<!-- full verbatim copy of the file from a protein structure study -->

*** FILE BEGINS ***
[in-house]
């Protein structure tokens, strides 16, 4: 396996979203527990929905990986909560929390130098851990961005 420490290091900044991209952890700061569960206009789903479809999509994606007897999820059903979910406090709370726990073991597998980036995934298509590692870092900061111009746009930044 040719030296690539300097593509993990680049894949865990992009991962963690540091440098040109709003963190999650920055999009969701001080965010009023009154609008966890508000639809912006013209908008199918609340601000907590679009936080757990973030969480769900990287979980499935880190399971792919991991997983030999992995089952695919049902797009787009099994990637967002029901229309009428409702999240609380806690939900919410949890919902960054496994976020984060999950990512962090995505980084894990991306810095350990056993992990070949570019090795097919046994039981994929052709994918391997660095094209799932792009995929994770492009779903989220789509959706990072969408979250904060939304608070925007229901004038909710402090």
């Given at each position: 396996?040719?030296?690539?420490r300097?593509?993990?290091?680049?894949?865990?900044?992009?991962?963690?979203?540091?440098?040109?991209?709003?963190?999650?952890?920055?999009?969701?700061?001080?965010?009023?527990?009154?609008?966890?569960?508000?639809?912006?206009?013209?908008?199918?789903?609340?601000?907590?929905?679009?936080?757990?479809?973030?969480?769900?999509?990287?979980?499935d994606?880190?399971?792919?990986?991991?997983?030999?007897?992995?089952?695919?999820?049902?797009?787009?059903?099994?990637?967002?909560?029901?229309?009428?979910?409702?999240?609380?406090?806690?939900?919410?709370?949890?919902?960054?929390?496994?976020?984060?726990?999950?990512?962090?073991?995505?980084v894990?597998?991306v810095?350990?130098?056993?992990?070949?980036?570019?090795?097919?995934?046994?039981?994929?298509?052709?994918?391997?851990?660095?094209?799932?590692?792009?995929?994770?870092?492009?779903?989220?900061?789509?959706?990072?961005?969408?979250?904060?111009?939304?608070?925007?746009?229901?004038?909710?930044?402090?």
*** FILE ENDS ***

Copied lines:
[in-house]
């Protein structure tokens, strides 16, 4: 396996979203527990929905990986909560929390130098851990961005 420490290091900044991209952890700061569960206009789903479809999509994606007897999820059903979910406090709370726990073991597998980036995934298509590692870092900061111009746009930044 040719030296690539300097593509993990680049894949865990992009991962963690540091440098040109709003963190999650920055999009969701001080965010009023009154609008966890508000639809912006013209908008199918609340601000907590679009936080757990973030969480769900990287979980499935880190399971792919991991997983030999992995089952695919049902797009787009099994990637967002029901229309009428409702999240609380806690939900919410949890919902960054496994976020984060999950990512962090995505980084894990991306810095350990056993992990070949570019090795097919046994039981994929052709994918391997660095094209799932792009995929994770492009779903989220789509959706990072969408979250904060939304608070925007229901004038909710402090």
């Given at each position: 396996?040719?030296?690539?420490r300097?593509?993990?290091?680049?894949?865990?900044?992009?991962?963690?979203?540091?440098?040109?991209?709003?963190?999650?952890?920055?999009?969701?700061?001080?965010?009023?527990?009154?609008?966890?569960?508000?639809?912006?206009?013209?908008?199918?789903?609340?601000?907590?929905?679009?936080?757990?479809?973030?969480?769900?999509?990287?979980?499935d994606?880190?399971?792919?990986?991991?997983?030999?007897?992995?089952?695919?999820?049902?797009?787009?059903?099994?990637?967002?909560?029901?229309?009428?979910?409702?999240?609380?406090?806690?939900?919410?709370?949890?919902?960054?929390?496994?976020?984060?726990?999950?990512?962090?073991?995505?980084v894990?597998?991306v810095?350990?130098?056993?992990?070949?980036?570019?090795?097919?995934?046994?039981?994929?298509?052709?994918?391997?851990?660095?094209?799932?590692?792009?995929?994770?870092?492009?779903?989220?900061?789509?959706?990072?961005?969408?979250?904060?111009?939304?608070?925007?746009?229901?004038?909710?930044?402090?």